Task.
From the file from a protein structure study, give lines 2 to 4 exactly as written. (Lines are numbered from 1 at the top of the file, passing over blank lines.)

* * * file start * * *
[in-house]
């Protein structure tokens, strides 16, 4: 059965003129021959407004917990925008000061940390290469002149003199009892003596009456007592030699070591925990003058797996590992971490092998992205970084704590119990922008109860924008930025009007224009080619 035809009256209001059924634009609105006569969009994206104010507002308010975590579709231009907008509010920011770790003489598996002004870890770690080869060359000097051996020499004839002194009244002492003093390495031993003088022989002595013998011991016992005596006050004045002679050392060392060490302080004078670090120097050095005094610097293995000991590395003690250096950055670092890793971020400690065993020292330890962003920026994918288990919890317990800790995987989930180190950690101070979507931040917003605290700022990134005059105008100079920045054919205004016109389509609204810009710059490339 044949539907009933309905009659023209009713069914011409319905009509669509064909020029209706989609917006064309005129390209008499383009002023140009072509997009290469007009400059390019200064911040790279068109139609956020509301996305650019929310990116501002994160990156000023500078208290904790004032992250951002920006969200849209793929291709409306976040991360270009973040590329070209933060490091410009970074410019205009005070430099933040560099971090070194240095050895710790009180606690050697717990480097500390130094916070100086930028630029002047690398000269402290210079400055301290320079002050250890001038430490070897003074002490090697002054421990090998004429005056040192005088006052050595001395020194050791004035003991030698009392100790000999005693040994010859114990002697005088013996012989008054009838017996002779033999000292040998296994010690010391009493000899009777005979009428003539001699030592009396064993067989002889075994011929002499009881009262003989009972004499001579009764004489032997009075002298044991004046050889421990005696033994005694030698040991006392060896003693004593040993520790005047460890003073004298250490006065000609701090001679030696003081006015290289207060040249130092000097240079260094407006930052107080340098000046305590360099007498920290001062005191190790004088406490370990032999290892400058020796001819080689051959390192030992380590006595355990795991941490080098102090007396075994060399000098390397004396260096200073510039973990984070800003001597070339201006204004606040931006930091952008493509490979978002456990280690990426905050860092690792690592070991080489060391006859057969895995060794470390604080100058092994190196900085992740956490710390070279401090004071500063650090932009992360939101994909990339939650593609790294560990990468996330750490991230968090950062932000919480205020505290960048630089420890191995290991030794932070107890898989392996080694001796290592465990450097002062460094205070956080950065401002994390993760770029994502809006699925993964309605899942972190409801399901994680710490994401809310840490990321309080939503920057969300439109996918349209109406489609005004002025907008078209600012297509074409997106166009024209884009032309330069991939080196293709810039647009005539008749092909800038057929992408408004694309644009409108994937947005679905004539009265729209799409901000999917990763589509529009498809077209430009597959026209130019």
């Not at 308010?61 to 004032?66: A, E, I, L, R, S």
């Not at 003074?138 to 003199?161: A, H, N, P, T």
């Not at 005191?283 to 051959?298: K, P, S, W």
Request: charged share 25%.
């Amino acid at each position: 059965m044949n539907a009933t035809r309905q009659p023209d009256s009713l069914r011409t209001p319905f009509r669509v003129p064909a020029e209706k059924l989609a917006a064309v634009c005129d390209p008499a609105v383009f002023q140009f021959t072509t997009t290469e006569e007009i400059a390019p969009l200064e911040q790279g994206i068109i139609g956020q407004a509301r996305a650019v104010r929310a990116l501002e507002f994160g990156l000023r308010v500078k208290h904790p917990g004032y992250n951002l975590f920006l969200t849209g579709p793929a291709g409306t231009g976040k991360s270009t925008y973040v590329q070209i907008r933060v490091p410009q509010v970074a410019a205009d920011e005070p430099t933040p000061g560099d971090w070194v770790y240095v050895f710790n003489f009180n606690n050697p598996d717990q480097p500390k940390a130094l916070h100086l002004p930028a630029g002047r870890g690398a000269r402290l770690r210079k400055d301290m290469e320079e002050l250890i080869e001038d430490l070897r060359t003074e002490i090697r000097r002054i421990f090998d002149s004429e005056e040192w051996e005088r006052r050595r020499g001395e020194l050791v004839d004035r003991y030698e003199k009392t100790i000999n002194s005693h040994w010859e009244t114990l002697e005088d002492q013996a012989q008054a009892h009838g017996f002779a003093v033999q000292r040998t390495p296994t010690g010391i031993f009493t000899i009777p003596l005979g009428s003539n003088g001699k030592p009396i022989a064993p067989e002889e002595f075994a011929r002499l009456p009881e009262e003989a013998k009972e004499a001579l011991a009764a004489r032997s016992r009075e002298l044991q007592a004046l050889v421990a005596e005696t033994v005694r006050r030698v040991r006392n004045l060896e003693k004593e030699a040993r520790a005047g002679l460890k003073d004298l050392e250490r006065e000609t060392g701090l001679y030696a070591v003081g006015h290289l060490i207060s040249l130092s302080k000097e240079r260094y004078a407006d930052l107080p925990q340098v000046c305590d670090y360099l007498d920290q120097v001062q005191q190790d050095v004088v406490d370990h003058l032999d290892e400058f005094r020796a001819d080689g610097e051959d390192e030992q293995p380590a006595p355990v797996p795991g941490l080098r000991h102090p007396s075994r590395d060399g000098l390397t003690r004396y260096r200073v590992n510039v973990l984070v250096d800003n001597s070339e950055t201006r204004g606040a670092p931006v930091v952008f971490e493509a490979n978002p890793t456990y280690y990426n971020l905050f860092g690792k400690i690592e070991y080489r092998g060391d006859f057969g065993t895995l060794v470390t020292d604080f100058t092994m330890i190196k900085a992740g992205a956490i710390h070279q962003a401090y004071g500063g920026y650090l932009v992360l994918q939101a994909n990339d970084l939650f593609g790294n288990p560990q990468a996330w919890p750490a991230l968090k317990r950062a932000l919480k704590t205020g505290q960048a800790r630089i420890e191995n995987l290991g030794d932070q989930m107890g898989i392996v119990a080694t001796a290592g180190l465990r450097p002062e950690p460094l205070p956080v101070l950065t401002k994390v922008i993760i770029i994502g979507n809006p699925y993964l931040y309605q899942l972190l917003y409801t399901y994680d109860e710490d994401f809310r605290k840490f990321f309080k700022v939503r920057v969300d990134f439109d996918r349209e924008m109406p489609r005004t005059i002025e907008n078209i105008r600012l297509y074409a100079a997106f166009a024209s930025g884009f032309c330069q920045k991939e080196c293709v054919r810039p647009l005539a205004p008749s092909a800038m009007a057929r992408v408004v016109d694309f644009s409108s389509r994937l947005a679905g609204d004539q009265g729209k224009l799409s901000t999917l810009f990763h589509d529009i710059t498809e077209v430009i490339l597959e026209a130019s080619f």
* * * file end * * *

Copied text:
């Protein structure tokens, strides 16, 4: 059965003129021959407004917990925008000061940390290469002149003199009892003596009456007592030699070591925990003058797996590992971490092998992205970084704590119990922008109860924008930025009007224009080619 035809009256209001059924634009609105006569969009994206104010507002308010975590579709231009907008509010920011770790003489598996002004870890770690080869060359000097051996020499004839002194009244002492003093390495031993003088022989002595013998011991016992005596006050004045002679050392060392060490302080004078670090120097050095005094610097293995000991590395003690250096950055670092890793971020400690065993020292330890962003920026994918288990919890317990800790995987989930180190950690101070979507931040917003605290700022990134005059105008100079920045054919205004016109389509609204810009710059490339 044949539907009933309905009659023209009713069914011409319905009509669509064909020029209706989609917006064309005129390209008499383009002023140009072509997009290469007009400059390019200064911040790279068109139609956020509301996305650019929310990116501002994160990156000023500078208290904790004032992250951002920006969200849209793929291709409306976040991360270009973040590329070209933060490091410009970074410019205009005070430099933040560099971090070194240095050895710790009180606690050697717990480097500390130094916070100086930028630029002047690398000269402290210079400055301290320079002050250890001038430490070897003074002490090697002054421990090998004429005056040192005088006052050595001395020194050791004035003991030698009392100790000999005693040994010859114990002697005088013996012989008054009838017996002779033999000292040998296994010690010391009493000899009777005979009428003539001699030592009396064993067989002889075994011929002499009881009262003989009972004499001579009764004489032997009075002298044991004046050889421990005696033994005694030698040991006392060896003693004593040993520790005047460890003073004298250490006065000609701090001679030696003081006015290289207060040249130092000097240079260094407006930052107080340098000046305590360099007498920290001062005191190790004088406490370990032999290892400058020796001819080689051959390192030992380590006595355990795991941490080098102090007396075994060399000098390397004396260096200073510039973990984070800003001597070339201006204004606040931006930091952008493509490979978002456990280690990426905050860092690792690592070991080489060391006859057969895995060794470390604080100058092994190196900085992740956490710390070279401090004071500063650090932009992360939101994909990339939650593609790294560990990468996330750490991230968090950062932000919480205020505290960048630089420890191995290991030794932070107890898989392996080694001796290592465990450097002062460094205070956080950065401002994390993760770029994502809006699925993964309605899942972190409801399901994680710490994401809310840490990321309080939503920057969300439109996918349209109406489609005004002025907008078209600012297509074409997106166009024209884009032309330069991939080196293709810039647009005539008749092909800038057929992408408004694309644009409108994937947005679905004539009265729209799409901000999917990763589509529009498809077209430009597959026209130019």
């Not at 308010?61 to 004032?66: A, E, I, L, R, S």
């Not at 003074?138 to 003199?161: A, H, N, P, T």